Located on Long Island, in the Town of Oyster Bay, Jericho didn’t really start to see a boon until after the Second World War. Like all suburbs, the houses there looked immaculately pristine, with only slight variations to tell them apart. We were a traditional community, where women mostly stayed at home, and men caught the Long Island Railroad from Hicksville, the next town over, to their jobs in the city, which was about an hour away. We kids had our run of the neighborhood, but often you’d find us hanging out at the local shopping center, springing for a strawberry or chocolate parfait at the Gertz department store. Our version of the soda shoppes of yesteryear, I suppose.

Once, Jericho had been a haven for Quakers, who ended up giving the town its name. I imagine that then it was nothing but farmland and gentle hills, nurtured by the sun, and the rains of a thousand storms, with earth rich with minerals and nutrients, giving forth to tall oaks, maples, rambling roses, untold brambles and foliage that grew darkly rich and plentiful.

I never gave much thought to how we ended up leaving Queens for Jericho, but knowing my father, he probably bought the first place that came on the market, sight unseen. It was a split level with a large backyard, and the front yard was caddy corner to an off ramp of the Long Island Expressway. With no fence to protect our plot of land, cars speeding too fast as they exited the highway were known to end up in our yard, leaving tread marks across our lawn and my mother’s daffodils.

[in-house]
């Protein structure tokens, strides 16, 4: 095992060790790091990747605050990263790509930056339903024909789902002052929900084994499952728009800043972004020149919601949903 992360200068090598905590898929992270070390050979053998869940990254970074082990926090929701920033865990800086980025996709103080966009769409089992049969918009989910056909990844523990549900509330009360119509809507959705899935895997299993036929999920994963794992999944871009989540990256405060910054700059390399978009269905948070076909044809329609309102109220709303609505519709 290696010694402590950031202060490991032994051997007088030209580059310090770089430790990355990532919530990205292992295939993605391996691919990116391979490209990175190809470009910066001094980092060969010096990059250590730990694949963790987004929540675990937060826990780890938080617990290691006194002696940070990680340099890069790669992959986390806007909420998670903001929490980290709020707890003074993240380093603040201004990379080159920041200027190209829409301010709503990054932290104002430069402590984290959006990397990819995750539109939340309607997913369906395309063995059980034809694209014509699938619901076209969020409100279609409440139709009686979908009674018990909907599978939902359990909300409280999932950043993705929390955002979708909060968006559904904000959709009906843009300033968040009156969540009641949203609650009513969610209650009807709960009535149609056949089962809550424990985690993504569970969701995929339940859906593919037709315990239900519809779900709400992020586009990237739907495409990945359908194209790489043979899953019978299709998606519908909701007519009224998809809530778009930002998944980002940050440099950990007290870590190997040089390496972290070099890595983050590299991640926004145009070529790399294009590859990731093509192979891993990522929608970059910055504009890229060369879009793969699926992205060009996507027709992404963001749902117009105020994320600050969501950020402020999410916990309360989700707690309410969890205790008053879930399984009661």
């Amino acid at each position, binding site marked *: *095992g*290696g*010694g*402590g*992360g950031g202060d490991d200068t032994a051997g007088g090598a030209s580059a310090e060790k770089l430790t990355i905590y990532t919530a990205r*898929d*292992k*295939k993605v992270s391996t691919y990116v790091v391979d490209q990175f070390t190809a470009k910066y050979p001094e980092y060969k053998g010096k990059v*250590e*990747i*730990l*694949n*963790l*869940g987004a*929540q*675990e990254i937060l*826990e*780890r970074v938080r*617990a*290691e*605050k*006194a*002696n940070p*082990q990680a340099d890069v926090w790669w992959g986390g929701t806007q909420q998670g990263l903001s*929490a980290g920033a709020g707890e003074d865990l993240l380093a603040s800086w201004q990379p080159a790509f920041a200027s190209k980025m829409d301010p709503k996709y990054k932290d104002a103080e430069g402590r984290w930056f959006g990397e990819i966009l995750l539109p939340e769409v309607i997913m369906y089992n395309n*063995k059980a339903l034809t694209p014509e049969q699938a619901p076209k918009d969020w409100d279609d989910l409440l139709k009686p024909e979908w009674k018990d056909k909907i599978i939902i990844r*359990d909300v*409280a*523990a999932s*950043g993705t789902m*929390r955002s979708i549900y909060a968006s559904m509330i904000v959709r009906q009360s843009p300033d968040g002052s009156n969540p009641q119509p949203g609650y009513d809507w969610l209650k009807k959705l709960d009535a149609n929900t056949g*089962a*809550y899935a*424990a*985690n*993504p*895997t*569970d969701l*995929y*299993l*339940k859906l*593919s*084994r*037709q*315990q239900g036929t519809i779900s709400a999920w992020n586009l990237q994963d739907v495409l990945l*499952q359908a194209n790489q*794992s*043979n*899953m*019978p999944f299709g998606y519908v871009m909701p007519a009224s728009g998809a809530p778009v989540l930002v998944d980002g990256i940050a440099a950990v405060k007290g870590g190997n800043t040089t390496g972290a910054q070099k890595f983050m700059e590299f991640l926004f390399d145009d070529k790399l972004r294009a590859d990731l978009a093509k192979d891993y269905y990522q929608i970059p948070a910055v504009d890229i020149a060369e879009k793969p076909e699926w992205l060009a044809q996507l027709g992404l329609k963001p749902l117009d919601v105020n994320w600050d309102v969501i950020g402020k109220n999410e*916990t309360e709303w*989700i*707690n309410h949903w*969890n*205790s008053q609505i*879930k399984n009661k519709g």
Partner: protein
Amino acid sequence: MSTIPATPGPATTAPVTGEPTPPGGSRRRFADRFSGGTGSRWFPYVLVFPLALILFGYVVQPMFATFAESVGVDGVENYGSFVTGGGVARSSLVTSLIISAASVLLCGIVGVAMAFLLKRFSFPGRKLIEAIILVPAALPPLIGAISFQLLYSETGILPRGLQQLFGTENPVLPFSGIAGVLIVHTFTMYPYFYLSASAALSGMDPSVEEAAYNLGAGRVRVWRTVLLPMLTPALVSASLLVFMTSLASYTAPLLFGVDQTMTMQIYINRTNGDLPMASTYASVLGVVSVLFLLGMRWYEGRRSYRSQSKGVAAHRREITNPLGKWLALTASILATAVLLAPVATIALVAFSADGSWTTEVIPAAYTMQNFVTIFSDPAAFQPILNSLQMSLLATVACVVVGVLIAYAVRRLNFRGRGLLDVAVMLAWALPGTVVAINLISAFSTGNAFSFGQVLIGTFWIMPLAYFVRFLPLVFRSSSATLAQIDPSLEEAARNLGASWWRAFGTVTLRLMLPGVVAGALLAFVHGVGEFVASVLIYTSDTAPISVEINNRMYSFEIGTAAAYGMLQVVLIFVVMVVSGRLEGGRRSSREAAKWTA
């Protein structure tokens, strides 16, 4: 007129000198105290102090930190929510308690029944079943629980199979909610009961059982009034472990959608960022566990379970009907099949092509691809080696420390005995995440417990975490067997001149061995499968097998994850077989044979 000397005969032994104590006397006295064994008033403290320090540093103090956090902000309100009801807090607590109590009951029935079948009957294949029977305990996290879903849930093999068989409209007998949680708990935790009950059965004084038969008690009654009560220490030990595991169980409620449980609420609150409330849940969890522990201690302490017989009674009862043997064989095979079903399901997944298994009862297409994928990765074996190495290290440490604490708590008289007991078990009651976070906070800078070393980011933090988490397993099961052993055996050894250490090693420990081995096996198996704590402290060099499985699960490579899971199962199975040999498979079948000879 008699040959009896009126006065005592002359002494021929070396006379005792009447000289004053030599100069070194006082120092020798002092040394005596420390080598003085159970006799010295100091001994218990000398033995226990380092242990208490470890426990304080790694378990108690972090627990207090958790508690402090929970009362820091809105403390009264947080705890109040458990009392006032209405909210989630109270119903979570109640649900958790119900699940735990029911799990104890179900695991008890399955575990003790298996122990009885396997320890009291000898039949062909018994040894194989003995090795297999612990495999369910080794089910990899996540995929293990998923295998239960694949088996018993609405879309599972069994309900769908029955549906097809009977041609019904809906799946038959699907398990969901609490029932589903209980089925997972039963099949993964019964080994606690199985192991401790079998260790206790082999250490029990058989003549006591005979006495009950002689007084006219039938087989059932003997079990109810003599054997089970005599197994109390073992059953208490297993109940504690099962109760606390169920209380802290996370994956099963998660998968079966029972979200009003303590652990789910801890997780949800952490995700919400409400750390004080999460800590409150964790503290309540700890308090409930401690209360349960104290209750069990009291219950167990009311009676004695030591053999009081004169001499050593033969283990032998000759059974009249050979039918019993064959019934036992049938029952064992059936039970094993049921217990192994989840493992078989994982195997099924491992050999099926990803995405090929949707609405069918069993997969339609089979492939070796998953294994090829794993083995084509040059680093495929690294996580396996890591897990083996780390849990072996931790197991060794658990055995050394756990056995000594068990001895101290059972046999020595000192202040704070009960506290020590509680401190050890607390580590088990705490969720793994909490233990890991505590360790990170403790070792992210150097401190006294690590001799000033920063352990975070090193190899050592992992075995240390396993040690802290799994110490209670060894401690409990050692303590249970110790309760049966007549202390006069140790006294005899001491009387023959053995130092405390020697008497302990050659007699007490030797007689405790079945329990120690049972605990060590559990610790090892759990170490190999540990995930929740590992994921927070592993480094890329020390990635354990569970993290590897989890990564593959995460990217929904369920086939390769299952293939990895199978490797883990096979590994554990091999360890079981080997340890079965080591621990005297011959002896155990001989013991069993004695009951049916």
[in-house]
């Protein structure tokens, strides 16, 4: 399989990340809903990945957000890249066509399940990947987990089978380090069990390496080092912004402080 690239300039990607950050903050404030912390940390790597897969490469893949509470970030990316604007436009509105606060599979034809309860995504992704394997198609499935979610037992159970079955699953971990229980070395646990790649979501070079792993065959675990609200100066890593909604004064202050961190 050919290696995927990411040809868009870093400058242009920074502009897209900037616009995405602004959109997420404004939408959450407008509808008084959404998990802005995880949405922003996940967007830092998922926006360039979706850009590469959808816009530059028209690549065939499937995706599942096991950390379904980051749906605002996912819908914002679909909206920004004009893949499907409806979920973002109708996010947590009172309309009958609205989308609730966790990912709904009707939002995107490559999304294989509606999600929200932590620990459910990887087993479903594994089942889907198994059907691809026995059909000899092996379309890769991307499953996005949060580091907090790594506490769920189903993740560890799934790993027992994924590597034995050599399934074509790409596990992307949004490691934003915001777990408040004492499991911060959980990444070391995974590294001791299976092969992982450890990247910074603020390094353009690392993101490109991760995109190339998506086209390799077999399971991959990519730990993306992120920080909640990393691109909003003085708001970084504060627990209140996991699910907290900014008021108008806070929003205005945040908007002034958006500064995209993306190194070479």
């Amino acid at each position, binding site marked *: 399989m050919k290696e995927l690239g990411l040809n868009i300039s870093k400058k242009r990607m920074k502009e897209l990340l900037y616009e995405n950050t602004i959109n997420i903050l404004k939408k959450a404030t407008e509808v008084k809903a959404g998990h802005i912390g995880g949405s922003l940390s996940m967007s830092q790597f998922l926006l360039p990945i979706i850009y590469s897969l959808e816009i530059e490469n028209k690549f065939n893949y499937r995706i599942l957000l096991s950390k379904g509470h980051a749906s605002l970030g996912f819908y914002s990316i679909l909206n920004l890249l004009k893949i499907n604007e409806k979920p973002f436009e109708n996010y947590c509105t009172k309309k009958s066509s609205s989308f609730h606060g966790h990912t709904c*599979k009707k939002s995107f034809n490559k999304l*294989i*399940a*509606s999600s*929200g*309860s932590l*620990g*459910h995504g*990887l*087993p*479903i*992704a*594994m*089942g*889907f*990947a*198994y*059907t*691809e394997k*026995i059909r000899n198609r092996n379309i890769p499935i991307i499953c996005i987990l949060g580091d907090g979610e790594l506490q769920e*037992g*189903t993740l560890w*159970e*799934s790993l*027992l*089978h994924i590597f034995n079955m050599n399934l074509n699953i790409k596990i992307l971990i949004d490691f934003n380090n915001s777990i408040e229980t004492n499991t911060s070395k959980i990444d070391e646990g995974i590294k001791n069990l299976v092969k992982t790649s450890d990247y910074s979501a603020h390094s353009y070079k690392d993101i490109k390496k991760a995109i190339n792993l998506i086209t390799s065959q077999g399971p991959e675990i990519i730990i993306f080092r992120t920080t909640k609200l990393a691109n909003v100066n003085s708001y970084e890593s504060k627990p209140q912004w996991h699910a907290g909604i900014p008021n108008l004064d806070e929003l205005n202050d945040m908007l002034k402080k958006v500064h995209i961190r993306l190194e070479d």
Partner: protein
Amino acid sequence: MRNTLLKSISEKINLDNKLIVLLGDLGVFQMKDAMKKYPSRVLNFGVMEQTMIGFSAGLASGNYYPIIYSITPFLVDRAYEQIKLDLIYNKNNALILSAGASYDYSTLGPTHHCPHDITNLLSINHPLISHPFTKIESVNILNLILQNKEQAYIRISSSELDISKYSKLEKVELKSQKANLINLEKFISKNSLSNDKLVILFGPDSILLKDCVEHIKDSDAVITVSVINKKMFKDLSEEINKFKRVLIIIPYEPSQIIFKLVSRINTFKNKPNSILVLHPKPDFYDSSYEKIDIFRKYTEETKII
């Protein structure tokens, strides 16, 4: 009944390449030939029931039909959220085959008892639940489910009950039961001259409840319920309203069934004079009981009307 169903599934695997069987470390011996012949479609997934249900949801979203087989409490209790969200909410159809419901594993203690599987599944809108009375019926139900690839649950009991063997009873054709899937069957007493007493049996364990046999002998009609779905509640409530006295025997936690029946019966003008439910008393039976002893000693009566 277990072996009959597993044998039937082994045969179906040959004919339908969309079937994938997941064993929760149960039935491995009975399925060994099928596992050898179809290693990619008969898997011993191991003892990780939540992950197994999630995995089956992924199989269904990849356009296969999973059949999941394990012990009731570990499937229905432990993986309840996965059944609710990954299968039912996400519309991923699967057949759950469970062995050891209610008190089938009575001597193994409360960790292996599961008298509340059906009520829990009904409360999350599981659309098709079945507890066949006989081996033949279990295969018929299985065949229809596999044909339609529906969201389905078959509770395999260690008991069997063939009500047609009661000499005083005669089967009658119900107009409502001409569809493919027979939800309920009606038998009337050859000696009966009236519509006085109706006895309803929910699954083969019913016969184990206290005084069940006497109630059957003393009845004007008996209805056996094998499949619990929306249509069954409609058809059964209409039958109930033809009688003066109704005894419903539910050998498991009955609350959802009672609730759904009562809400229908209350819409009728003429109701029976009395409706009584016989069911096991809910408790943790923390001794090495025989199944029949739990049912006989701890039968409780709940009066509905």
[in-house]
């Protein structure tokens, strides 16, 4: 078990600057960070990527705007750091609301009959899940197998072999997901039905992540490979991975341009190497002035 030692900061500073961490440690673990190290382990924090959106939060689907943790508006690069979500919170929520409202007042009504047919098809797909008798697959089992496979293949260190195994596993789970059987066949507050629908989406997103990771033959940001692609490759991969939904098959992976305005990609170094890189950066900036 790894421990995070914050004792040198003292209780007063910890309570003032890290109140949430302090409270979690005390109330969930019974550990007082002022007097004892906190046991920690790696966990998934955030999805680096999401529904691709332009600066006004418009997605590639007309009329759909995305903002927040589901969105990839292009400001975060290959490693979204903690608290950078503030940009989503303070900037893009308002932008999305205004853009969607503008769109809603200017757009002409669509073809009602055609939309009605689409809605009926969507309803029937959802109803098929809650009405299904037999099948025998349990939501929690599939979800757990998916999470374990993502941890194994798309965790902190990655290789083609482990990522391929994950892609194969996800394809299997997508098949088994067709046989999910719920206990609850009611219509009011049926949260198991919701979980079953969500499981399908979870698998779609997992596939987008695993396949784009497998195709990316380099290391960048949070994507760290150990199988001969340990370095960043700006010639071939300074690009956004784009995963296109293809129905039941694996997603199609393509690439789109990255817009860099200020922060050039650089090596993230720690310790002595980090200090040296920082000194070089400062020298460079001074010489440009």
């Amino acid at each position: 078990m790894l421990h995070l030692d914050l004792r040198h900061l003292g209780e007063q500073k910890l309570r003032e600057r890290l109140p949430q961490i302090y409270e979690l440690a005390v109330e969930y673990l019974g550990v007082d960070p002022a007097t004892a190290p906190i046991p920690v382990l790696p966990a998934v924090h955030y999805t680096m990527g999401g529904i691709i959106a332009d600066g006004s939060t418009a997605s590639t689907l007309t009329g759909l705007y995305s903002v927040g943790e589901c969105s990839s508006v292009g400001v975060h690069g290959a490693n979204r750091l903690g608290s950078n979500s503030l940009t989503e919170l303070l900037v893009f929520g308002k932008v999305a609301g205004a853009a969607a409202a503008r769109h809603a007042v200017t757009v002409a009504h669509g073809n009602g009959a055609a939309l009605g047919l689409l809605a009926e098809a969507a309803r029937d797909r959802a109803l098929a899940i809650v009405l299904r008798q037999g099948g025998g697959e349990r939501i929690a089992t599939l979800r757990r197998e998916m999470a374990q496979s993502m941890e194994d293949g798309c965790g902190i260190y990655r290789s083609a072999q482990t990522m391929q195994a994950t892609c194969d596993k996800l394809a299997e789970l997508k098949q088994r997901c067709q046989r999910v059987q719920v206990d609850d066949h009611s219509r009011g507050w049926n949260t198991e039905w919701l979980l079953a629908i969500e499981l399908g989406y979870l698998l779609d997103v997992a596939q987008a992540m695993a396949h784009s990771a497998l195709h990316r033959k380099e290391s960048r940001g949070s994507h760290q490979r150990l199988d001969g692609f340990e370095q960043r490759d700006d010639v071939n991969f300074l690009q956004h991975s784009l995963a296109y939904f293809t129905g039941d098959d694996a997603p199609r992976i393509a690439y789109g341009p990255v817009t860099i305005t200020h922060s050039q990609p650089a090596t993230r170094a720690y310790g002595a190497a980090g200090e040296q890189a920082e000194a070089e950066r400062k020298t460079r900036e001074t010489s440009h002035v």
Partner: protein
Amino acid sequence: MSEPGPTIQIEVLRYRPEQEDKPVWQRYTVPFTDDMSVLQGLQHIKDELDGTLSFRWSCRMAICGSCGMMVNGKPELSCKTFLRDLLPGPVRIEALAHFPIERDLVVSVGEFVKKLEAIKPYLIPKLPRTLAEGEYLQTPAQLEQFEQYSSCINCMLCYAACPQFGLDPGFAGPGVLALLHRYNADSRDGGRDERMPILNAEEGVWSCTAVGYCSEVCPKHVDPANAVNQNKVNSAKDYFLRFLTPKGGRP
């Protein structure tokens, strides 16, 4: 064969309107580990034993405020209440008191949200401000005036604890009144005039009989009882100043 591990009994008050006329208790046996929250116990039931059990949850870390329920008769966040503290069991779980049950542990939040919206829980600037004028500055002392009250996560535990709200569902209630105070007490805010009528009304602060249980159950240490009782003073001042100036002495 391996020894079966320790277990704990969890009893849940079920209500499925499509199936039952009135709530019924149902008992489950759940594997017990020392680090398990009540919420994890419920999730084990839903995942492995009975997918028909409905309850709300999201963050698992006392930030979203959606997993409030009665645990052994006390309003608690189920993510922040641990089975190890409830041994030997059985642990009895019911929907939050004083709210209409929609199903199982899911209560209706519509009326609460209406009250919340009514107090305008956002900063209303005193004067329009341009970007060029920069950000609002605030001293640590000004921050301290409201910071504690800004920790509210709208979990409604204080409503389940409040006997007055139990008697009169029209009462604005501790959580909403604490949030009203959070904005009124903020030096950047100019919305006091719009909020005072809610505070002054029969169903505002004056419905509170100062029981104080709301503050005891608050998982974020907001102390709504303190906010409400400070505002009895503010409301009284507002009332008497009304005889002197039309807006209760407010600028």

For a little while we planted roots, if only fake ones, because when push came to shove, there was no tying my family down. My parents, having left their home in South America 20 years earlier, were nomads and we kids, were along for the ride. Seems fitting that we lived so close to a major thoroughfare, as we were constantly on the move and nothing, not even owning a home, could keep us tethered to one place for very long. Seemed we were always about leaving.

I was 12 when we moved in, 14 when we sold it, and 16 when we bought a similar house on the same block, this time facing a different highway, the Northern State.

I lived on the west part of Jericho and James lived on the east, with the main thoroughfare being the dividing line. On the west side was the neighborhood park, where we’d spend summers at the pool, and winters at the ice skating rink. There was also a drive-in nearby, which we never went to as my parents didn’t like sitting in the car to watch a film, and the Ho-Jo’s, a family sit-down restaurant, where every Monday featured all you can eat fried chicken.